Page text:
The problem is, this isn't quite about bailing out fat cats. For one, the companies most responsible for the mess have generally gone bankrupt, been effectively nationalized, or been taken over by other companies: AIG, Lehman Brothers, Fannie and Freddie, Wamu, etc.
Second, the main issue right now is that banks are not lending to businesses. Businesses depend on credit. You need a loan to start a business. Your business draws on a line of credit to pay for its inventory before converting that to sales.
The New York Times reports that numerous small businesses are facing a credit crunch. Many have problems getting credit. Interest rates on existing lines of credit are increasing rapidly.
Although experts do not yet have hard data about how the financial turmoil of the last few weeks may hamper entrepreneurs’ access to capital, many were already having difficulties getting financing before the escalation in the credit crisis.
By now, financing options for all stages of the small-business cycle are limited. Typically, start-ups and unprofitable companies have relied on credit cards and home equity loans. As their businesses thrived, they often turned to bank credit lines. And when it was time for the next big growth spurt, they usually got a small-business loan. But all of these options are less feasible now than they were a short while ago.
For example, after a quarterly survey of senior loan officers in July, the Federal Reserve reported that 65 percent of domestic banks said they had tightened their lending standards for small-business loans over the previous three months. At the same time, 70 percent told the Fed that they were charging more for those loans.
And in an August opinion poll, two-thirds of entrepreneurs told the National Small Businesses Association that their companies had been hurt by the credit crunch. Todd McCracken, the organization’s president, said that members tended to own larger and more profitable businesses, so he thought that the credit crunch was probably having an even greater impact on America’s small businesses.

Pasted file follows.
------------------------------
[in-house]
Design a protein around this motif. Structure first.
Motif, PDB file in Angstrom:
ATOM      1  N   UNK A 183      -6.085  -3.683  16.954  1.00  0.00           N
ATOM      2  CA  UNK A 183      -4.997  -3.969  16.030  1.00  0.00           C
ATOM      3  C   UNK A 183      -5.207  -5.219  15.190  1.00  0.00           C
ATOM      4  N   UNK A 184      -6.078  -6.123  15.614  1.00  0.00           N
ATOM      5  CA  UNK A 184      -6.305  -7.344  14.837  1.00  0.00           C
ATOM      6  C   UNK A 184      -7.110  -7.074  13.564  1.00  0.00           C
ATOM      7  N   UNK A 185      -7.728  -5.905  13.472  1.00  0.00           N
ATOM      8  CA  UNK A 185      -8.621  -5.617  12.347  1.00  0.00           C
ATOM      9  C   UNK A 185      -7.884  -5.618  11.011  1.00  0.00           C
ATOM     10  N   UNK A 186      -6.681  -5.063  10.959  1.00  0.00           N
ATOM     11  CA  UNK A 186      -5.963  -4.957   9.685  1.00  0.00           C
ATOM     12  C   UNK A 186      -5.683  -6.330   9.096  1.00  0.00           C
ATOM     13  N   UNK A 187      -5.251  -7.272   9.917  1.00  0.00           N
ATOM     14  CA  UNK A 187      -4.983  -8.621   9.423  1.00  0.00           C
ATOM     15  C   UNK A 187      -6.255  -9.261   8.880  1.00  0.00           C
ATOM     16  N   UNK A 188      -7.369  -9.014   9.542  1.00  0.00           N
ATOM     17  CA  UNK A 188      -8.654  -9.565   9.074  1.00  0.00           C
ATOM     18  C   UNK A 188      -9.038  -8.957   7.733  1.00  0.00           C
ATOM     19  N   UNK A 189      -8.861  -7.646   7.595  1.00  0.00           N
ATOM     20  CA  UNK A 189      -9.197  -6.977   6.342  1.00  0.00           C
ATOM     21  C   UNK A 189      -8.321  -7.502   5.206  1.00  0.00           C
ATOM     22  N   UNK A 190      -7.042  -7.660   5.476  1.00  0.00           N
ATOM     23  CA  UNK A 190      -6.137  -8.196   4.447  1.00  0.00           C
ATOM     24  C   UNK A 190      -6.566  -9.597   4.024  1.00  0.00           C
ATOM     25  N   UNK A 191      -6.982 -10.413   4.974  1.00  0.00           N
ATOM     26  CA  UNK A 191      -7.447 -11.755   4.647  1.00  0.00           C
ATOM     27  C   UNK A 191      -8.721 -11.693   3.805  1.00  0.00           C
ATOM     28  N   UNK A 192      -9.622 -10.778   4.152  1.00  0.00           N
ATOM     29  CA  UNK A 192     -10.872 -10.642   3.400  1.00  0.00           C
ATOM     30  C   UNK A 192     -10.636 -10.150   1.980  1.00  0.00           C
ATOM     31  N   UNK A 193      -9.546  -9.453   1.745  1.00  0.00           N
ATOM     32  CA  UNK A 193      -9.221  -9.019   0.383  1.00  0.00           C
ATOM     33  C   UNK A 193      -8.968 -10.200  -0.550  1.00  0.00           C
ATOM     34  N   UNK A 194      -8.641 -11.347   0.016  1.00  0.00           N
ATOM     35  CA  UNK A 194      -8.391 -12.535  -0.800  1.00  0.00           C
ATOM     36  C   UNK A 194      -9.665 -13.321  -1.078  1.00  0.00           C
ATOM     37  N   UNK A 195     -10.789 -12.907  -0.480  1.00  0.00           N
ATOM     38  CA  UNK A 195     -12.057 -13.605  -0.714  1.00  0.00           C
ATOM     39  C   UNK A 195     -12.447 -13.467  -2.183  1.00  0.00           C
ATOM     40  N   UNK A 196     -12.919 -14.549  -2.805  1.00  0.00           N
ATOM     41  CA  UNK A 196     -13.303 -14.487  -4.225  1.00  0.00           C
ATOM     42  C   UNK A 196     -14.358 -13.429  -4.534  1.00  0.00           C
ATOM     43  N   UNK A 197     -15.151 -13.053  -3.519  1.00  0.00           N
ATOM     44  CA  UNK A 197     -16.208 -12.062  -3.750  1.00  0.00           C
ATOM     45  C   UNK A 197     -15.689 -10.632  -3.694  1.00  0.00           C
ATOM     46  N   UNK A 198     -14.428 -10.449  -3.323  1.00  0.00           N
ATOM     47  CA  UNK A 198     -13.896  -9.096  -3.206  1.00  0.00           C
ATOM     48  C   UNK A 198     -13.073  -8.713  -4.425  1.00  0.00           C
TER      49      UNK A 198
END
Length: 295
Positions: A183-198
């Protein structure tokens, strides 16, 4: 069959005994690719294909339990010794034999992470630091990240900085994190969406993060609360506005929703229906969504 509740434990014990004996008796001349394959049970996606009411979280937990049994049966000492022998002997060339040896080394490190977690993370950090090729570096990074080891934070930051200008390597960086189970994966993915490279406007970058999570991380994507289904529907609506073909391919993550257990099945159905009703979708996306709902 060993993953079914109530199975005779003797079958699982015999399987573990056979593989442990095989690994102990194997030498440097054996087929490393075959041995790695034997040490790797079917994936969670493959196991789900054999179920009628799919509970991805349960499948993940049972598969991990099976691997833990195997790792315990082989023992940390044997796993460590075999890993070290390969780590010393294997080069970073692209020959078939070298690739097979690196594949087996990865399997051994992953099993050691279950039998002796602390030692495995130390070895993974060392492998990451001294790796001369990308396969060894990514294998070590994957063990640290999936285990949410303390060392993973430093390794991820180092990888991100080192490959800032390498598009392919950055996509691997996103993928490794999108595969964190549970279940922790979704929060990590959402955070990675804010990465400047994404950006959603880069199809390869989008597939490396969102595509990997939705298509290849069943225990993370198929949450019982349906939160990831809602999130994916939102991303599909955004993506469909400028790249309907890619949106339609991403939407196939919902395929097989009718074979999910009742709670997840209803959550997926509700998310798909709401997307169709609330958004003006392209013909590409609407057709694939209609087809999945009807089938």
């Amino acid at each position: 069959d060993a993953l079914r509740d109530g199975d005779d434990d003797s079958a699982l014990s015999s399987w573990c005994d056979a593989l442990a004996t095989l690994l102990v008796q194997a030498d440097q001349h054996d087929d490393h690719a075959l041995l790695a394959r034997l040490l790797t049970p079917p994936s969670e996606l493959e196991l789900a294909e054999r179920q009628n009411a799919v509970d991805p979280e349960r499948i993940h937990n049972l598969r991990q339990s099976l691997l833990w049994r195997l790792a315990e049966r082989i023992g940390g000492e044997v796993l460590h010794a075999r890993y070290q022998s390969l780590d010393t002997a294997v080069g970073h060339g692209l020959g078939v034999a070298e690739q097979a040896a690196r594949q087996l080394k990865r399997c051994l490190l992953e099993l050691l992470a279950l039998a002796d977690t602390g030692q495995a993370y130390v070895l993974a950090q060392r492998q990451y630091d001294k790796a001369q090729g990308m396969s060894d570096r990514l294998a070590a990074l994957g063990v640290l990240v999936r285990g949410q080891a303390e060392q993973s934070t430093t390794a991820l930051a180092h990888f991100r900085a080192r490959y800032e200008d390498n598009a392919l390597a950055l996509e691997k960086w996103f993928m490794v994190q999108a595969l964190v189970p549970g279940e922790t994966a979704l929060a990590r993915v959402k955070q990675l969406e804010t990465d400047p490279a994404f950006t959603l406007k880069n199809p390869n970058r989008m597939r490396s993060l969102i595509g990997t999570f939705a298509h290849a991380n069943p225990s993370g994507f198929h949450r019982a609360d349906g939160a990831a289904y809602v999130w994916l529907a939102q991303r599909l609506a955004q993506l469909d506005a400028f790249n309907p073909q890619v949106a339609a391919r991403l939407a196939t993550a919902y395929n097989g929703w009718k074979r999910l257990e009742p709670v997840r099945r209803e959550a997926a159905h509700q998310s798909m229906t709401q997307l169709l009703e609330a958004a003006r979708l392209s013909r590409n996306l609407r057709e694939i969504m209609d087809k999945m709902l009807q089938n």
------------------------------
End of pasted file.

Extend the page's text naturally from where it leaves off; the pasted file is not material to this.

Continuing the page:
The third issue is that the Treasury is probably not going to buy these assets at a price which makes the banks whole enough that they can go back to giving lavish bonuses. If the banks sell at current market prices, which reflect the price someone might pay in a panicked fire sale, they will need to take large writedowns and raise lots of additional capital. Ben Bernanke, chief of the Federal Reserve, proposed to pay a price which reflects an investor holding the security until it matures - still less than face value, but more than market value. Once they lose the securities from their balance sheets, banks will be more able to lend money to consumers and businesses.
A recent article on Alternet sharply criticized the "bailout", which should more appropriately be termed a rescue.
I find a number of Alternet's criticisms to be off-base. I might address them in future. However, we need to resolve the credit crisis, as this NYT article points out.
The current, more serious stage of the crisis began two weeks ago today, after the collapse of Lehman Brothers and the Fed’s takeover of the American International Group. Those events created a new level of fear. Banks cut back on making loans and instead poured money into Treasury bills, which paid almost no interest but also came with almost no risk. On the loans they did make, banks demanded higher interest rates. Over the past two weeks, rates have generally continued to rise — and these rates, not the stock market, are really what you should be watching.